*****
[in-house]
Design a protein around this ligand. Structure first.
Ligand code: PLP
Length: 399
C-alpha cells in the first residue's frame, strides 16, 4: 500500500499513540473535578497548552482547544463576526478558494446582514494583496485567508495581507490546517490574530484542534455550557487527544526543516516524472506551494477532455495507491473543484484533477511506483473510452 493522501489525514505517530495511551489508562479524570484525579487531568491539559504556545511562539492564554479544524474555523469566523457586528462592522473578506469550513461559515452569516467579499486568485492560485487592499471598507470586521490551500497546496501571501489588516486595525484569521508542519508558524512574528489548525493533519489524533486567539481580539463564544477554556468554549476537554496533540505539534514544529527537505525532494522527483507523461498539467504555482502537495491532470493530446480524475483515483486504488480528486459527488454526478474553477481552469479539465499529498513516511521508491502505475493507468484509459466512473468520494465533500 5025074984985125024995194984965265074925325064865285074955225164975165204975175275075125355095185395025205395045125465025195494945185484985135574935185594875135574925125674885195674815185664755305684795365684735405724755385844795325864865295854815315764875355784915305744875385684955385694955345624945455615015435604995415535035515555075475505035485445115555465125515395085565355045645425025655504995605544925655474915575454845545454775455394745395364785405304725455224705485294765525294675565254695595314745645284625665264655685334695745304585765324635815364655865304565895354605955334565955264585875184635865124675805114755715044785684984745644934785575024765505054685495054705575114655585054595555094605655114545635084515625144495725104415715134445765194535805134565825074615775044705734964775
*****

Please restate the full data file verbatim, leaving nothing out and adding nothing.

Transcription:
[in-house]
Design a protein around this ligand. Structure first.
Ligand code: PLP
Length: 399
C-alpha cells in the first residue's frame, strides 16, 4: 500500500499513540473535578497548552482547544463576526478558494446582514494583496485567508495581507490546517490574530484542534455550557487527544526543516516524472506551494477532455495507491473543484484533477511506483473510452 493522501489525514505517530495511551489508562479524570484525579487531568491539559504556545511562539492564554479544524474555523469566523457586528462592522473578506469550513461559515452569516467579499486568485492560485487592499471598507470586521490551500497546496501571501489588516486595525484569521508542519508558524512574528489548525493533519489524533486567539481580539463564544477554556468554549476537554496533540505539534514544529527537505525532494522527483507523461498539467504555482502537495491532470493530446480524475483515483486504488480528486459527488454526478474553477481552469479539465499529498513516511521508491502505475493507468484509459466512473468520494465533500 5025074984985125024995194984965265074925325064865285074955225164975165204975175275075125355095185395025205395045125465025195494945185484985135574935185594875135574925125674885195674815185664755305684795365684735405724755385844795325864865295854815315764875355784915305744875385684955385694955345624945455615015435604995415535035515555075475505035485445115555465125515395085565355045645425025655504995605544925655474915575454845545454775455394745395364785405304725455224705485294765525294675565254695595314745645284625665264655685334695745304585765324635815364655865304565895354605955334565955264585875184635865124675805114755715044785684984745644934785575024765505054685495054705575114655585054595555094605655114545635084515625144495725104415715134445765194535805134565825074615775044705734964775